We sat at the kitchen table conversing over coffee. In time, Heather noticed that Chloe, the youngest, had disappeared.
"Bam," the screen door slammed. "Bam," it slammed again. It's a new sound coming from the back porch.
I love the sound of a screen door slamming. I love the way a screen door can make you feel like your outside even if you're inside.
It was a day to roll the windows down and sing loud. I was heading down Highway 45 South to Noxubee County, and the roadsides were aflame with red clover. The words of Tommy James and the Shondells' 1968 hit "Crimson and Clover" played over and over in my head. I sang loud.
It was Good Friday, one of Sam's annual fishing days. I, on the other hand, drove out to Tractor Supply to look at ducklings. I told myself I didn't have to buy any, I would just look. I gave myself permission to buy some if I wanted to, but I didn't have to. I had an animated conversation with myself the whole way.
Eight good-size turtles bask on the bank of the pond. A few years back we emptied the pond and had the silt dug out. When it refilled only one fallen limb remained in the pond. The pond turtles vie for it.
A terrible, terrible, thing happened. Sam pulled the boat out of the garage to go fishing. We keep the fishing boat in the garage and the vehicles in the yard. It was a beautiful day so the garage doors were left opened.
Spring flings a craving on me for something new to wear; something "springy" even if temperatures are freezing. No matter, I wanted something the yellow of a daffodil, the fuchsia of loropetalum or the purple of a budding redbud. Only I was prevented from going to my usual thrift haunts because I had given up my love of thrifting for Lent. It meant sacrifice.
I ran my hand over the book cover which I'm in the habit of doing. A pretty cover attracts me. The book featured delicate anthropomorphic characters framing a drawing of a kindly man wearing an oversized purple shirt, a garden hat; he was leaning on a long stick and holding a sunflower. Bumblebees bumbled all around him. I'm afraid I might be one of those people who judge a book by its cover.
People always say that you can't get something for nothing but that's not true. Not at the library.
The little church in the Prairie, Shaeffer's Chapel, had their annual Seniors Appreciation Banquet -- not seniors like high-schoolers, but seniors like seniors. The preacher shared with the crowd, "Honor your father and mother so that your days on the earth may be long."
There on the bank of the lake lay a critter that looked a lot like a beaver. Its fur was long and wet; its teeth were curved and yellow. Its feet were webbed, but the tail was its undoing. The water rodent had a long round tail like a rat. The son-of-a gun was no doubt a Louisiana nutria.
Some days pass by so fast you don't even see them, but come Saturday the pace slows down around here. Saturdays start off quiet and slow, allowing time to catch up. Then there's strong coffee followed by a bowl of oatmeal topped with honey, golden nectar, a gracious gift.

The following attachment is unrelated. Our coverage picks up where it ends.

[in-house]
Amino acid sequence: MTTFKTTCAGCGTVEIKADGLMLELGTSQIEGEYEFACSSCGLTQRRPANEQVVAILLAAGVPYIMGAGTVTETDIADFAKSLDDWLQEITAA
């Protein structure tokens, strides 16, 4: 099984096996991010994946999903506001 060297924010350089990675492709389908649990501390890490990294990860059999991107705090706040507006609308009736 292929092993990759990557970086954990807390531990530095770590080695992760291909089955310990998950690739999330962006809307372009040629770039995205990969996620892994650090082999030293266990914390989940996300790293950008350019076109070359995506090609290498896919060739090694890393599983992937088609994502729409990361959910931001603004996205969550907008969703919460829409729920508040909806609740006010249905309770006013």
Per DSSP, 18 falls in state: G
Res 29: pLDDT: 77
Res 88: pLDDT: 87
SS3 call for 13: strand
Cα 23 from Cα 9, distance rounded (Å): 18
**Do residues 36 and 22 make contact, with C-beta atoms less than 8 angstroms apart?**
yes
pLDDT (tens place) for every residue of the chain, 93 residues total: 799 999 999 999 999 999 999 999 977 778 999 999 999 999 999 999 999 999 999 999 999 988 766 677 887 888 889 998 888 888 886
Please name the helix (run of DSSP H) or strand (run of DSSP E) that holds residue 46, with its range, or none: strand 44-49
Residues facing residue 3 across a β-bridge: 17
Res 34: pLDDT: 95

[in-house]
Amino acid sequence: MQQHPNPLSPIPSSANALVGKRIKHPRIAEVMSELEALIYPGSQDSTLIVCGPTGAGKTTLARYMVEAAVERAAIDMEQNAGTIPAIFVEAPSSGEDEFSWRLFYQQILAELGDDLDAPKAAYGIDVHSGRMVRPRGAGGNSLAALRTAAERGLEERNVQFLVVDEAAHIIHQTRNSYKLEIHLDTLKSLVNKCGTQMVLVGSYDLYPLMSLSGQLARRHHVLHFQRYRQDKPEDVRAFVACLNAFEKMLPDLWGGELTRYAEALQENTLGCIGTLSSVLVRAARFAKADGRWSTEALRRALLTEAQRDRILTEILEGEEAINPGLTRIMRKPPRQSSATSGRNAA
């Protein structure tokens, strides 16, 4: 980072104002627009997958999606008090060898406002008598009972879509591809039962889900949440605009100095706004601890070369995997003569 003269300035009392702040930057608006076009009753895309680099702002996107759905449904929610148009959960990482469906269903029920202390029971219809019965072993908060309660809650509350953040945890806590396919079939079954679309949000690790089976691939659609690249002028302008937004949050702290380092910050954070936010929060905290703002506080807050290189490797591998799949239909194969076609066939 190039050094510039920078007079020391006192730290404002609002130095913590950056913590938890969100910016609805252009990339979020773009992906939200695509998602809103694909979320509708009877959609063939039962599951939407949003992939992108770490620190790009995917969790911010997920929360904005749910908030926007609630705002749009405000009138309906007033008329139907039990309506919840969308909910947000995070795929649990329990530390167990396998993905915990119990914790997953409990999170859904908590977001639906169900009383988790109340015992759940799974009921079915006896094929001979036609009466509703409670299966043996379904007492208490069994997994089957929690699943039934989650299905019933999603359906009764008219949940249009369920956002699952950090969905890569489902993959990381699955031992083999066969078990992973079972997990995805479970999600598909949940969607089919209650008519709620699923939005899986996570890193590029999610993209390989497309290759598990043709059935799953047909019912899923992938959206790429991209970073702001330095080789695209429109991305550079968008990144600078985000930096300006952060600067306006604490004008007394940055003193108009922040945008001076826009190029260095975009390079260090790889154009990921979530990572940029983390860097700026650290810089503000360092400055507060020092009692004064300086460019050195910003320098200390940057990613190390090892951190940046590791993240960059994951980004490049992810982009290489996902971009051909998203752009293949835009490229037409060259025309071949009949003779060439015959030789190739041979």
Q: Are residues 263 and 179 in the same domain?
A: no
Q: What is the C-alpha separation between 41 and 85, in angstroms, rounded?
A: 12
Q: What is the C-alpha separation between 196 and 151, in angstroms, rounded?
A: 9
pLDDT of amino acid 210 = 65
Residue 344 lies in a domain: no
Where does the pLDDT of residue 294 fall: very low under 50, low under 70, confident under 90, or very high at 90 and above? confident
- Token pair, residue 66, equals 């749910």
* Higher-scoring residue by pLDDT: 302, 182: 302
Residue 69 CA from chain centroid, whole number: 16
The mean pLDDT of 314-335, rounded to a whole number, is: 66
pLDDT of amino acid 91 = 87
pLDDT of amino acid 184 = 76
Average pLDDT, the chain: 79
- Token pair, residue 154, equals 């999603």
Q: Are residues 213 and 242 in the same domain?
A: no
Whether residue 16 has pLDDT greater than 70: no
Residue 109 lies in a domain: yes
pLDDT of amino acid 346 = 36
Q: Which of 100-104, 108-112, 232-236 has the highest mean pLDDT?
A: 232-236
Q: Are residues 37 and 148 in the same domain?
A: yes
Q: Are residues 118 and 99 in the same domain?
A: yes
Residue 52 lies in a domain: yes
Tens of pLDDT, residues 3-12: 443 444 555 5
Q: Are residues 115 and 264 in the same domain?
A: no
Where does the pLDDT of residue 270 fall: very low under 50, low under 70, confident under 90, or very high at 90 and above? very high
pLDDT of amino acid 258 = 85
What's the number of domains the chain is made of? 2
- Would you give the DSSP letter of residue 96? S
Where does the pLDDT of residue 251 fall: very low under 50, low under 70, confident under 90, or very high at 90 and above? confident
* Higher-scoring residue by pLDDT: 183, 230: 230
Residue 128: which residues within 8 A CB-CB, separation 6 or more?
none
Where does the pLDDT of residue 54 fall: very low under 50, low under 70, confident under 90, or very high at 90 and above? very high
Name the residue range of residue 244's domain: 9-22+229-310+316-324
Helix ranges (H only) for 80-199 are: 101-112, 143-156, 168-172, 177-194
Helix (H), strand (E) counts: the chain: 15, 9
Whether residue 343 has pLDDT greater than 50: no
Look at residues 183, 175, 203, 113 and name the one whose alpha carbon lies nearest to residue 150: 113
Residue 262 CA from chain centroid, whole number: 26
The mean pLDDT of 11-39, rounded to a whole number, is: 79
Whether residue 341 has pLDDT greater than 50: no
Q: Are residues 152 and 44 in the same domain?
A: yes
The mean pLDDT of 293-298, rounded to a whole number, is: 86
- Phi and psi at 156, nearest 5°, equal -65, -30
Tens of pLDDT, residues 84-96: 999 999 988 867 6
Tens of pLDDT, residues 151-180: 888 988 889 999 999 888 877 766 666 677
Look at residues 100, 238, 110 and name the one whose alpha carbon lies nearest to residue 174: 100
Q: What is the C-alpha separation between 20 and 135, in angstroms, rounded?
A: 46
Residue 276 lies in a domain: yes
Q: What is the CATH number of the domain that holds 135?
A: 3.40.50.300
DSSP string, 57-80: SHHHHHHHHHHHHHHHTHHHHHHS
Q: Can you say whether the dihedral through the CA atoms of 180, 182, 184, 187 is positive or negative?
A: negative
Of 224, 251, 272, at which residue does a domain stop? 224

It all started about three days before. The rains were torrential and the lake was so full that most of the center stumps were submerged.
"Sam, I think the spillway is dammed up. The water is high."
After work Sam took the gator to the spillway and sure enough a beaver had dammed the flow again. In drizzling rain Sam shoveled out the dam and checked the beaver trap. No beaver.
"Did you see Leah?" I asked.
Hopping over the worm on the asphalt took me back to my childhood when rains brought out red wigglers. I remember hopscotching across sidewalks trying to avoid stepping on icky worms.
Jack, the deaf cat, knowing sign language, responds to the universal sign of flicking your hand. "Come on," I flick my hand; he comes.
I often wonder how different life would be in the city. I wonder if city dwellers contend with coyotes, fox, armadillos, owls, raccoons and beaver; possibly a snake or two.
Puffy little dark-eyed juncos are popping in and out of the leftover Christmas tree. The same Christmas tree we bought at Marvin's the day after Thanksgiving. A couple of years back we decided we were no longer able or nimble enough to trek hill and dell to secure the tallest and finest cedar tree in the Prairie.
I noticed them right off. There on the roadside near the ditch were big, leafy greens. Once or twice I saw people picking them. I was reminded of the time I saw folks picking greens and carefully putting them in a cloth sack. I asked what they were.
"Fiddleheads," they said.
The telescope stands poised at the window, aimed at the deer feeder. At dawn and twilight a Bardwell can be seen standing with eye pressed to the scope, but on this morning I swung the scope toward the lake. A flock of geese had descended and there was Leah, the domestic duck, amongst them.
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